Some 44 % of Americans aged 18 to 49 who don’t have children believe it’s unlikely they will ever be parents, a new Pew Research Center survey found.
About 23 % of childless respondents seemingly ruled out that they would ever have children, saying that it was “not at all likely” that they will become parents one day. About 21% conceded that a chance of them having kids was “not too likely.”
The number of non-parents in the US who are reluctant to raise kids has increased by 7 % since 2018. Back then 37 % of respondents said that the idea of having children is not something that appeals to them.
The overwhelming majority of Americans who already have kids plan to stop at that. Some 74 percent of US parents younger than 50 said that they were either “not too likely” or “not at all likely” to expand their family any further, according to the poll.
When asked about the reasons behind their decision not to have kids, a whopping 56% of childless respondents said that they just do not wish to have any. Some 19% chalked up their apparent unwillingness to have kids to medical reasons, while further 17% named “financial reasons.” About 15% said that they lacked a partner to start a family with, while 10 % cited their age.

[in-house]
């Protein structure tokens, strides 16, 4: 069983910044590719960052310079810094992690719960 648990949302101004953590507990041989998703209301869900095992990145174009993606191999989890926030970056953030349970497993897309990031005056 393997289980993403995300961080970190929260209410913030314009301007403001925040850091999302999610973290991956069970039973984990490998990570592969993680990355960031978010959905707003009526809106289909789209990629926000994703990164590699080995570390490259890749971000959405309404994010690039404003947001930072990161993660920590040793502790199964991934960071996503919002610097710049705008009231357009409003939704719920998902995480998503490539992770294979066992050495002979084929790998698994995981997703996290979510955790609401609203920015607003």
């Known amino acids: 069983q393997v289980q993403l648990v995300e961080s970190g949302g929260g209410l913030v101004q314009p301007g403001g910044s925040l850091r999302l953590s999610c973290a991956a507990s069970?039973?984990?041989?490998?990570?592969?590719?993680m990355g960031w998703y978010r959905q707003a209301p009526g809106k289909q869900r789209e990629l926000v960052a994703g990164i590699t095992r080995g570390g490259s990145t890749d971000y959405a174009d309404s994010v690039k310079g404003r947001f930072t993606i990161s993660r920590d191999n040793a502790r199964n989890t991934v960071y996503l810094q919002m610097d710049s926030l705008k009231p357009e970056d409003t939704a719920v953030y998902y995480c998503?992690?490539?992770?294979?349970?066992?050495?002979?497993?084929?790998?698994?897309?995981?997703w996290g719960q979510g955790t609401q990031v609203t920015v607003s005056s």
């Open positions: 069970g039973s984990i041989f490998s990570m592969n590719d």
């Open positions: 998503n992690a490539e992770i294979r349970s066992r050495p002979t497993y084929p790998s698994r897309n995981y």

Further 9% invoked the “state of the world”, apparently too bleak to bring a child in. Five percent pointed to environmental reasons, including climate change. Only 2% of respondents said that they were not planning children because of their partner’s stance.
The survey, which was released earlier this week, sheds light onto a worrying trend that may spell further trouble for the US demographics amidst a rapidly declining birth rate, largely blamed on the Covid-19 pandemic. Last year, the US birth rate fell by 4 percent to its lowest point since 1979, dropping for the sixth consecutive year.
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